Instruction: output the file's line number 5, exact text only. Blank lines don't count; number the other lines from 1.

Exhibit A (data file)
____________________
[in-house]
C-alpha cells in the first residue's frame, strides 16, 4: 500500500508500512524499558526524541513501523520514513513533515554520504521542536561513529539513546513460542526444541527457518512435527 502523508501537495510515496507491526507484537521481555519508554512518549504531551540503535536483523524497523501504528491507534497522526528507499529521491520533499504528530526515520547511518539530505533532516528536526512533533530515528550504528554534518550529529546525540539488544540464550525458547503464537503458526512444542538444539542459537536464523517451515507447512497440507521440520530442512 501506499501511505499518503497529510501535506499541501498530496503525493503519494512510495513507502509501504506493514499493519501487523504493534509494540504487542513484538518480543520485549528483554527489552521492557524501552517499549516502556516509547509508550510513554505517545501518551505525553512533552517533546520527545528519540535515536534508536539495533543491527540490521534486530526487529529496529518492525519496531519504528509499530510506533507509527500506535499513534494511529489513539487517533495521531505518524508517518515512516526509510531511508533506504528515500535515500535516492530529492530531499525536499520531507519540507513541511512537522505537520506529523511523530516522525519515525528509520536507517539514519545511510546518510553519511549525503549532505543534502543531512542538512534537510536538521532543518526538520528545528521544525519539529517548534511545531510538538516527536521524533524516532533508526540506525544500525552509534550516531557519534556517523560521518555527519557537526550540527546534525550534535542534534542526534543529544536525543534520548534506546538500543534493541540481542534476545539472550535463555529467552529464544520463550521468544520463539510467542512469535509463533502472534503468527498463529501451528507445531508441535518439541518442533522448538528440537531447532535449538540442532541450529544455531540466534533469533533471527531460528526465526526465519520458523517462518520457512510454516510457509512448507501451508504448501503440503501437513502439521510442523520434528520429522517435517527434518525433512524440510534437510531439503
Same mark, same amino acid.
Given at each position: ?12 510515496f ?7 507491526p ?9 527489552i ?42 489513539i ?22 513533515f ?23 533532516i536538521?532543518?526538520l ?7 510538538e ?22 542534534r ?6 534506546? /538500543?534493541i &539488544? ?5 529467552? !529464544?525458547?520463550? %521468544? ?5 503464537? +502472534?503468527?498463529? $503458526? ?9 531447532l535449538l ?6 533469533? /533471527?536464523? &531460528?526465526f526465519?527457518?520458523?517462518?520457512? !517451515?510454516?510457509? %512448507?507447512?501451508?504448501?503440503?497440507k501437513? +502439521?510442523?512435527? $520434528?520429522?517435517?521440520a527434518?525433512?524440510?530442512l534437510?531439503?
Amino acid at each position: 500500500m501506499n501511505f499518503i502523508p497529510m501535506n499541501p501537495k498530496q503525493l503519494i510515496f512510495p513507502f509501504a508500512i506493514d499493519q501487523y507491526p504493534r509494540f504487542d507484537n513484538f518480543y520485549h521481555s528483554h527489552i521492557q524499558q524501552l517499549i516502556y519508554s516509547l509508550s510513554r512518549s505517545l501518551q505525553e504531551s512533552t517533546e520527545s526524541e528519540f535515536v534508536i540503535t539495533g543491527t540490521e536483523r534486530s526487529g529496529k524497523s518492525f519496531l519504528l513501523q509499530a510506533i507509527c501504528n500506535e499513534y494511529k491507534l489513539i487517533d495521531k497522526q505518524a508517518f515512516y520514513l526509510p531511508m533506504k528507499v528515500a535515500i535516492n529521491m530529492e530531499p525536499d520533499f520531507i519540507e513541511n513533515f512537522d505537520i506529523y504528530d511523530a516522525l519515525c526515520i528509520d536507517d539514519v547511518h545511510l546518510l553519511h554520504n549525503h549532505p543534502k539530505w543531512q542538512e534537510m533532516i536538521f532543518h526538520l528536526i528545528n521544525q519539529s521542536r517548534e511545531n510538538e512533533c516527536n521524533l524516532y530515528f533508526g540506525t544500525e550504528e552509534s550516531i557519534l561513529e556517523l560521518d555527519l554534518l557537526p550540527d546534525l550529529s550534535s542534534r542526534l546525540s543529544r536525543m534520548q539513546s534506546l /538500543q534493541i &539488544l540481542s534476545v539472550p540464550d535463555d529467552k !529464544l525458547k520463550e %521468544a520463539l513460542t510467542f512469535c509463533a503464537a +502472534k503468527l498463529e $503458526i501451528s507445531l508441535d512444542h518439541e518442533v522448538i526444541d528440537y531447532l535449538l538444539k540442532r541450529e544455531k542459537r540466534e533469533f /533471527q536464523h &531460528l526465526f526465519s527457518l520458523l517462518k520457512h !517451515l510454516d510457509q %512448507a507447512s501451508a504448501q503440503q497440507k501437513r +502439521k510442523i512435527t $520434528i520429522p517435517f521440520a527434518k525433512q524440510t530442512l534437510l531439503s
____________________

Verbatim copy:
Amino acid at each position: 500500500m501506499n501511505f499518503i502523508p497529510m501535506n499541501p501537495k498530496q503525493l503519494i510515496f512510495p513507502f509501504a508500512i506493514d499493519q501487523y507491526p504493534r509494540f504487542d507484537n513484538f518480543y520485549h521481555s528483554h527489552i521492557q524499558q524501552l517499549i516502556y519508554s516509547l509508550s510513554r512518549s505517545l501518551q505525553e504531551s512533552t517533546e520527545s526524541e528519540f535515536v534508536i540503535t539495533g543491527t540490521e536483523r534486530s526487529g529496529k524497523s518492525f519496531l519504528l513501523q509499530a510506533i507509527c501504528n500506535e499513534y494511529k491507534l489513539i487517533d495521531k497522526q505518524a508517518f515512516y520514513l526509510p531511508m533506504k528507499v528515500a535515500i535516492n529521491m530529492e530531499p525536499d520533499f520531507i519540507e513541511n513533515f512537522d505537520i506529523y504528530d511523530a516522525l519515525c526515520i528509520d536507517d539514519v547511518h545511510l546518510l553519511h554520504n549525503h549532505p543534502k539530505w543531512q542538512e534537510m533532516i536538521f532543518h526538520l528536526i528545528n521544525q519539529s521542536r517548534e511545531n510538538e512533533c516527536n521524533l524516532y530515528f533508526g540506525t544500525e550504528e552509534s550516531i557519534l561513529e556517523l560521518d555527519l554534518l557537526p550540527d546534525l550529529s550534535s542534534r542526534l546525540s543529544r536525543m534520548q539513546s534506546l /538500543q534493541i &539488544l540481542s534476545v539472550p540464550d535463555d529467552k !529464544l525458547k520463550e %521468544a520463539l513460542t510467542f512469535c509463533a503464537a +502472534k503468527l498463529e $503458526i501451528s507445531l508441535d512444542h518439541e518442533v522448538i526444541d528440537y531447532l535449538l538444539k540442532r541450529e544455531k542459537r540466534e533469533f /533471527q536464523h &531460528l526465526f526465519s527457518l520458523l517462518k520457512h !517451515l510454516d510457509q %512448507a507447512s501451508a504448501q503440503q497440507k501437513r +502439521k510442523i512435527t $520434528i520429522p517435517f521440520a527434518k525433512q524440510t530442512l534437510l531439503s